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It's Time to Normalize Entrepreneurship

Updated: Mar 9, 2023

Part One


“Here's to the crazy ones. The misfits. The rebels. The troublemakers. The round pegs in the square holes. The ones who see things differently. They're not fond of rules. And they have no respect for the status quo. You can quote them, disagree with them, glorify or vilify them. About the only thing you can't do is ignore them. Because they change things. They push the human race forward. And while some may see them as the crazy ones, we see genius. Because the people who are crazy enough to think they can change the world, are the ones who do.”

My friend Tom Raun had t-shirts made with this quote on it for our graduating class of the Goldman Sachs 10,000 small business program. I freaking love it and I know every single one of the entrepreneurs in that group feels a true connection to the words.


Lately, though, I can't help but think, why is it considered so "crazy" to create a new business?


When I look back at that crew, the 40 small business owners that I’m so proud to now call friends, I can’t say that any of them are all that “crazy.” In fact, the entrepreneurs I know are some of the most driven, organized, intelligent, and creative people I know.


And yet, if you’ve ever announced a dream of starting your own business, even to those closest to you, scratch that, ESPECIALLY to those closest to you, I would bet that you heard one, or all of the following in return:


“Oooh, are you sure you want to do that? In this economy?”
“Running a business is hard, you know.”
“Who would buy that?”
“No one will spend that kind of money on that service/ good. Especially not around here.”
“That’s a big risk. Where would you even start?”
“Don’t you need a degree for that?”

It’s no wonder that potential entrepreneurs feel completely “crazy” for following their dreams.


In college, I changed majors four times in the first four semesters. Nope, not a typo. You read that right, I changed majors every, single, semester for two years straight. Each time that yet another career path that aligned with my interests and talents didn’t work out, the answer was always the same, “Try another.”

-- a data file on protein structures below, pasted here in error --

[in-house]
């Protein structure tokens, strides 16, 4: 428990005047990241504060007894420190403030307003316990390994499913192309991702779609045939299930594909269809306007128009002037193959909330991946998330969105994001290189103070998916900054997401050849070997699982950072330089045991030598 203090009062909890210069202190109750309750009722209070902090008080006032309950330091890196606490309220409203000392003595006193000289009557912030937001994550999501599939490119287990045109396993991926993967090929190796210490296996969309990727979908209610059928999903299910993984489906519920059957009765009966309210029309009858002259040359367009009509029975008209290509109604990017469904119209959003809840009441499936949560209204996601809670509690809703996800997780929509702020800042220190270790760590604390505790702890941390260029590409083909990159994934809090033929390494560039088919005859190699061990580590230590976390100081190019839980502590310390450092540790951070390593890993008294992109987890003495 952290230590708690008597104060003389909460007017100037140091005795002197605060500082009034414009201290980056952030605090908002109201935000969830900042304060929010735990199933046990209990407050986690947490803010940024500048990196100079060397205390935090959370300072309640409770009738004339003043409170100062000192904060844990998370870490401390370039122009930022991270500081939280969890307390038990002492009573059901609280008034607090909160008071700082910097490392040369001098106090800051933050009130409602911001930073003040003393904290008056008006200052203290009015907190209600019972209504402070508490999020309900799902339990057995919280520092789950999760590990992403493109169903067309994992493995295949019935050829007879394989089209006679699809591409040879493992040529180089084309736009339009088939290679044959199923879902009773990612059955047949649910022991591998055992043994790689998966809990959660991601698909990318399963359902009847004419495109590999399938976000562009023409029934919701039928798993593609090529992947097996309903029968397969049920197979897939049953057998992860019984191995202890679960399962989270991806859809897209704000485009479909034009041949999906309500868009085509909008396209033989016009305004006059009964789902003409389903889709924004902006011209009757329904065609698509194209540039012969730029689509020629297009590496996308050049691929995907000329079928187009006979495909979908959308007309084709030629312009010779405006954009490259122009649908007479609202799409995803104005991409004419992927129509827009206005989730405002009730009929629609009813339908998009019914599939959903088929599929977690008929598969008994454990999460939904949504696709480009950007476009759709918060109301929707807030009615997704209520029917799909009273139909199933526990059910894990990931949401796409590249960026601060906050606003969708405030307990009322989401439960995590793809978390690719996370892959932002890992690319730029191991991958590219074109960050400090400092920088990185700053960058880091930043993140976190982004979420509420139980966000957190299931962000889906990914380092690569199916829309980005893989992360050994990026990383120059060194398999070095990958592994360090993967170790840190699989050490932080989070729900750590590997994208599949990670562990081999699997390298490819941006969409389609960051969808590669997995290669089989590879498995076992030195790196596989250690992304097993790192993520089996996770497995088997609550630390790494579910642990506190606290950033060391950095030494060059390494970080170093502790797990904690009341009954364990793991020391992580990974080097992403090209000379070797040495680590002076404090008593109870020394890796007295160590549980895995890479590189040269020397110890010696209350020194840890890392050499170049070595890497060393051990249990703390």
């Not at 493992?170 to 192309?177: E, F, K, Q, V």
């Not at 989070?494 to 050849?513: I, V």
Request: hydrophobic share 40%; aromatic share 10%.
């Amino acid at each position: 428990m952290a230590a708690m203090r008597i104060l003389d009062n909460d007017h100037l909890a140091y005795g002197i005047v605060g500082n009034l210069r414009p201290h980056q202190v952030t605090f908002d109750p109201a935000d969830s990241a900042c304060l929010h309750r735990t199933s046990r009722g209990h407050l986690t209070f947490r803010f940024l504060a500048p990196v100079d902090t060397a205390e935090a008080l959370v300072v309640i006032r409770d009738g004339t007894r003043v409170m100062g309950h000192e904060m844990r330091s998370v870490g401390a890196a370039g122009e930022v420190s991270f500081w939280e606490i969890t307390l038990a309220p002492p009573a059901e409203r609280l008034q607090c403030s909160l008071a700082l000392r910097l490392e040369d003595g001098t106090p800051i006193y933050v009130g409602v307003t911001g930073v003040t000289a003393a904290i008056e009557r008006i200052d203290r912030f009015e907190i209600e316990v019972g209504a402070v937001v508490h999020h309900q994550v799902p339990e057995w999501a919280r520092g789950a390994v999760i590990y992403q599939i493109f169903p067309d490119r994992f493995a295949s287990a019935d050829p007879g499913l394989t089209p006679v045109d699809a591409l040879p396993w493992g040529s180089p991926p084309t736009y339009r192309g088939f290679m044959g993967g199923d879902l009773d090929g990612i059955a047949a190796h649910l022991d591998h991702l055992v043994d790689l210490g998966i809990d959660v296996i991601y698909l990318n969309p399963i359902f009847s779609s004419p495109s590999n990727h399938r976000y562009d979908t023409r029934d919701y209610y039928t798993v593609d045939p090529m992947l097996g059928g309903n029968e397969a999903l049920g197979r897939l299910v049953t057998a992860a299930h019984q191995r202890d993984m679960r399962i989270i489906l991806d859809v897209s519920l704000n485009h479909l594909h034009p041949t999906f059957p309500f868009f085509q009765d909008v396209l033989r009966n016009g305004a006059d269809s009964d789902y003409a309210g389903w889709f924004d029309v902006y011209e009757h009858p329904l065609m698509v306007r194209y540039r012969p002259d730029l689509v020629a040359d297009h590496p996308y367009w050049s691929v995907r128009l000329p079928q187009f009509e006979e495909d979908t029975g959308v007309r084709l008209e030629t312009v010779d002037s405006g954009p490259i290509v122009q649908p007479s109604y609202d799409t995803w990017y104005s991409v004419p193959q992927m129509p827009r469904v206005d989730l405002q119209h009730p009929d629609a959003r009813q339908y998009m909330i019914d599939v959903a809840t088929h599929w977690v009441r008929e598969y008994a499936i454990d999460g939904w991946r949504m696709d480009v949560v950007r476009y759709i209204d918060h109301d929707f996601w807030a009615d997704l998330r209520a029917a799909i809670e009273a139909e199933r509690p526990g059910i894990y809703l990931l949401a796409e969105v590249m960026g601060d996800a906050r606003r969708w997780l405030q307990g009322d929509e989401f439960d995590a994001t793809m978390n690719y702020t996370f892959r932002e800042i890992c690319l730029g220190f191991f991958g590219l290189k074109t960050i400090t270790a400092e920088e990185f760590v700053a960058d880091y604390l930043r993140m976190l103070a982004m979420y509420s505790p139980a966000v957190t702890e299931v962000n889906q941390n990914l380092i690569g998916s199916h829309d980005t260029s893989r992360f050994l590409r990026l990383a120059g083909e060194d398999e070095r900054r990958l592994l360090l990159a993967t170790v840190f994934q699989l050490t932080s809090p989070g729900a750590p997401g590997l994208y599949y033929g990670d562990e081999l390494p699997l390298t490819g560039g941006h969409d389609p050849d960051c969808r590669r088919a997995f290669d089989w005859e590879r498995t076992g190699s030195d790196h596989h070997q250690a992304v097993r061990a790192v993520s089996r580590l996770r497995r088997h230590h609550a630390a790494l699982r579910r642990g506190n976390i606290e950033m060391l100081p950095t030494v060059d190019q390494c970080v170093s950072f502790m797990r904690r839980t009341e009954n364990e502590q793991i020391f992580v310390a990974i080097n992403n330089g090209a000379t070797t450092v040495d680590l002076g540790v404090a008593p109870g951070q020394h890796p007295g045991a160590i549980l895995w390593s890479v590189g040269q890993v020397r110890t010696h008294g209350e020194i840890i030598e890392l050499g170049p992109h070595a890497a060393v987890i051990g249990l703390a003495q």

What I desperately needed to hear at that time was, “It’s ok to create your own path.”


Instead I spent the next several years trying to be something, and someone, that I simply could not. And the harder I tried to force myself down a path that wasn’t my own, into a box that didn’t fit, the more awful I felt.


It all came to a head when I was called into the corporate offices of the bank I worked at after graduating college and was given a promotion. In response, I sobbed. Sobbed, I tell you. I could tell by the shocked and confused look on the HR rep’s face as she awkwardly handed me a kleenex that this was not the reaction she was expecting.


What the hell was wrong with me?


I had done all of the “right” things. I forced myself to finish college, took an internship, got a “good” job afterwards, and within a year was offered a promotion. I should have been ecstatic. Instead, I was ugly crying in a glass walled office in front of a near total stranger.


It took that moment to uncover just how unhappy I was. How much time and energy I was expending trying to shrink myself, my dreams, my potential into a position that was more palatable to the world. A position that those around me could understand. A position that felt “safe” for others, but utterly oppressive to me.


I turned down the promotion, and later that year returned to school to become a massage therapist. And while my husband, parents, and grandmother didn’t fully understand the path, and it didn’t feel nearly as safe or sure or clear, they were supportive.The confidence I gained from that experience, from being fully true to myself and my dreams, became the foundation of my entrepreneurial career.




I learned to trust the calling of my soul, even if I didn’t know exactly “how” I would make those dreams become a reality.


Entrepreneurship has come a long way in the 20+ years since I graduated. Many community colleges and universities, and even some high schools, have entrepreneurial programs and courses. The current gig economy means that more people than ever are able to create income doing work they love.


But we still have work to do. We need to normalize entrepreneurship as a legitimate career path, not an exception to the career rule for misfits and troublemakers. More than ever, our communities need creatives and creators, innovators and inventors. And rather than writing them off as crazy or trying to push them into safer professions, it is our responsibility to encourage them every step of the way.


I hope you'll join me for Part 2 of this conversation next week when I'll discuss simple, real world, tactical ways we can support the development of entrepreneurship in our schools, communities and each other!


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Cheers friends, and here's to chasing those small business big dreams!

Kelly


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